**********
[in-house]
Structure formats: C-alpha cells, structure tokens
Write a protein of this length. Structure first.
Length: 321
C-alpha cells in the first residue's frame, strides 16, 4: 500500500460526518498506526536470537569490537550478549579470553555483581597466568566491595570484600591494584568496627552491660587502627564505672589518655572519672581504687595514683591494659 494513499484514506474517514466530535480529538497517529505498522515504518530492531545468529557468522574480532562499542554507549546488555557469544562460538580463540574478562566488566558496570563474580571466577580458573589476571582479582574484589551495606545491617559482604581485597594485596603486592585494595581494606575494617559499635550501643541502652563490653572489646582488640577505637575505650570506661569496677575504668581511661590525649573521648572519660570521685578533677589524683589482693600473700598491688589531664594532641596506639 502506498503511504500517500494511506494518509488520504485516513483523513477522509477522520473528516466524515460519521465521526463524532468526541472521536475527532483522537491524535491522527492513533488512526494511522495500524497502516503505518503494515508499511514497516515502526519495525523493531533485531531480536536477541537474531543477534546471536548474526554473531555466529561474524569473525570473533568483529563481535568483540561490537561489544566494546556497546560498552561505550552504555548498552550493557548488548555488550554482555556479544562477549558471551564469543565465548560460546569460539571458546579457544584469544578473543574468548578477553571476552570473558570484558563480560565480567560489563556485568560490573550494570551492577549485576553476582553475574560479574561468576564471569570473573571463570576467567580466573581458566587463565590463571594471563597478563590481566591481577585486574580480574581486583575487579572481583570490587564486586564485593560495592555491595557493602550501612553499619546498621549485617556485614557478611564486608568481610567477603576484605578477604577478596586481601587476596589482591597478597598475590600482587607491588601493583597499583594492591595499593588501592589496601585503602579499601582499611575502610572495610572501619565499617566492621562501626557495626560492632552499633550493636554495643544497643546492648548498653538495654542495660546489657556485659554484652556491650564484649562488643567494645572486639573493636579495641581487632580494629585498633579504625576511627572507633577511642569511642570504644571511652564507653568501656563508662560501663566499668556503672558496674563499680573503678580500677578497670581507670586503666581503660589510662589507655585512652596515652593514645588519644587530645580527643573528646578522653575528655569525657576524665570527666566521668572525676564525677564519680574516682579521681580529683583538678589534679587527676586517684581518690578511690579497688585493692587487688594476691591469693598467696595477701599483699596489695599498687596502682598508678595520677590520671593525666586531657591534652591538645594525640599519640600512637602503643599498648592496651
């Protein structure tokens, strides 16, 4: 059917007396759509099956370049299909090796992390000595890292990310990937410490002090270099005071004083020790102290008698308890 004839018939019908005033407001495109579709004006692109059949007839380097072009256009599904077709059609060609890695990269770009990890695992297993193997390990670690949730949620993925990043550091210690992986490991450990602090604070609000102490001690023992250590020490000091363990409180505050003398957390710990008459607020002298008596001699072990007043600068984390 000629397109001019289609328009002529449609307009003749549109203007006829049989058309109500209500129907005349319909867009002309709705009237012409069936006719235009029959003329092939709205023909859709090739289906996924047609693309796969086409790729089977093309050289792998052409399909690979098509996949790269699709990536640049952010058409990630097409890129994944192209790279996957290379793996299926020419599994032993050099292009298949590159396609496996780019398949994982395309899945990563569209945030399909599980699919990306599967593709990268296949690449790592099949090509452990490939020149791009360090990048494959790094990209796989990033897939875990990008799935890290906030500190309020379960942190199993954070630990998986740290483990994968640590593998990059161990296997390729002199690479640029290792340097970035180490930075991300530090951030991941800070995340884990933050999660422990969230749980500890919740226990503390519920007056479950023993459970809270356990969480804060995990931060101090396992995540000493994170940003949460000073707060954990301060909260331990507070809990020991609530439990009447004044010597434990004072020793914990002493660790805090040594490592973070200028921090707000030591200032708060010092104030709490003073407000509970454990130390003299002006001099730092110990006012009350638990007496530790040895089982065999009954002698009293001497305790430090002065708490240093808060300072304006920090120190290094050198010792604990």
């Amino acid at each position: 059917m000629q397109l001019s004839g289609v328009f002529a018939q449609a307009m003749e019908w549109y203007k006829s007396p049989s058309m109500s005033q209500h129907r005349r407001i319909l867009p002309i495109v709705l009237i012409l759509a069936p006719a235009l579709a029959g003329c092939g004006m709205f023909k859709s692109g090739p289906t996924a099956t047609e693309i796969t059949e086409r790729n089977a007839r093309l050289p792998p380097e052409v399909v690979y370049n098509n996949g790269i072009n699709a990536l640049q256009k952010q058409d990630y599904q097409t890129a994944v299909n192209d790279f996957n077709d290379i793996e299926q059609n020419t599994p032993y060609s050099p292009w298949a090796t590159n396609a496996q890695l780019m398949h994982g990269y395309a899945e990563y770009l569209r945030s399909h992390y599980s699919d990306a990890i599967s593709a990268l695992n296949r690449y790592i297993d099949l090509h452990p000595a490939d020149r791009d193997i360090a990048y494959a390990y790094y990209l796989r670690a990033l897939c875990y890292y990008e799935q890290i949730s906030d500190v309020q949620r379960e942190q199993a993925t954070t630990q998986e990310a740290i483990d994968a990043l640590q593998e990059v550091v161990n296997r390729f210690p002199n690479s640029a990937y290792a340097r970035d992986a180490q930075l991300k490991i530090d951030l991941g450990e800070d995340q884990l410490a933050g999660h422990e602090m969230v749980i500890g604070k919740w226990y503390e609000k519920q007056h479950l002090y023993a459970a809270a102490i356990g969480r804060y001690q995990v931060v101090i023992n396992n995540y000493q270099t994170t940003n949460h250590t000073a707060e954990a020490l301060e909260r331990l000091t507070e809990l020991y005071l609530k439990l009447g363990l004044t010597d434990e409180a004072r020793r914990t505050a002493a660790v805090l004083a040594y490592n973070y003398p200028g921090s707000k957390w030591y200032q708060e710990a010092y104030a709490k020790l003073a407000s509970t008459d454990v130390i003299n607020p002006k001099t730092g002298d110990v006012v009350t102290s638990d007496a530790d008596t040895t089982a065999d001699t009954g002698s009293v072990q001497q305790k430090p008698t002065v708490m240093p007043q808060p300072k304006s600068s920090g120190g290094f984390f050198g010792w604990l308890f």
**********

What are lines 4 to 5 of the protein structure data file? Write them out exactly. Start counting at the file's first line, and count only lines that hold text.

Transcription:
Length: 321
C-alpha cells in the first residue's frame, strides 16, 4: 500500500460526518498506526536470537569490537550478549579470553555483581597466568566491595570484600591494584568496627552491660587502627564505672589518655572519672581504687595514683591494659 494513499484514506474517514466530535480529538497517529505498522515504518530492531545468529557468522574480532562499542554507549546488555557469544562460538580463540574478562566488566558496570563474580571466577580458573589476571582479582574484589551495606545491617559482604581485597594485596603486592585494595581494606575494617559499635550501643541502652563490653572489646582488640577505637575505650570506661569496677575504668581511661590525649573521648572519660570521685578533677589524683589482693600473700598491688589531664594532641596506639 502506498503511504500517500494511506494518509488520504485516513483523513477522509477522520473528516466524515460519521465521526463524532468526541472521536475527532483522537491524535491522527492513533488512526494511522495500524497502516503505518503494515508499511514497516515502526519495525523493531533485531531480536536477541537474531543477534546471536548474526554473531555466529561474524569473525570473533568483529563481535568483540561490537561489544566494546556497546560498552561505550552504555548498552550493557548488548555488550554482555556479544562477549558471551564469543565465548560460546569460539571458546579457544584469544578473543574468548578477553571476552570473558570484558563480560565480567560489563556485568560490573550494570551492577549485576553476582553475574560479574561468576564471569570473573571463570576467567580466573581458566587463565590463571594471563597478563590481566591481577585486574580480574581486583575487579572481583570490587564486586564485593560495592555491595557493602550501612553499619546498621549485617556485614557478611564486608568481610567477603576484605578477604577478596586481601587476596589482591597478597598475590600482587607491588601493583597499583594492591595499593588501592589496601585503602579499601582499611575502610572495610572501619565499617566492621562501626557495626560492632552499633550493636554495643544497643546492648548498653538495654542495660546489657556485659554484652556491650564484649562488643567494645572486639573493636579495641581487632580494629585498633579504625576511627572507633577511642569511642570504644571511652564507653568501656563508662560501663566499668556503672558496674563499680573503678580500677578497670581507670586503666581503660589510662589507655585512652596515652593514645588519644587530645580527643573528646578522653575528655569525657576524665570527666566521668572525676564525677564519680574516682579521681580529683583538678589534679587527676586517684581518690578511690579497688585493692587487688594476691591469693598467696595477701599483699596489695599498687596502682598508678595520677590520671593525666586531657591534652591538645594525640599519640600512637602503643599498648592496651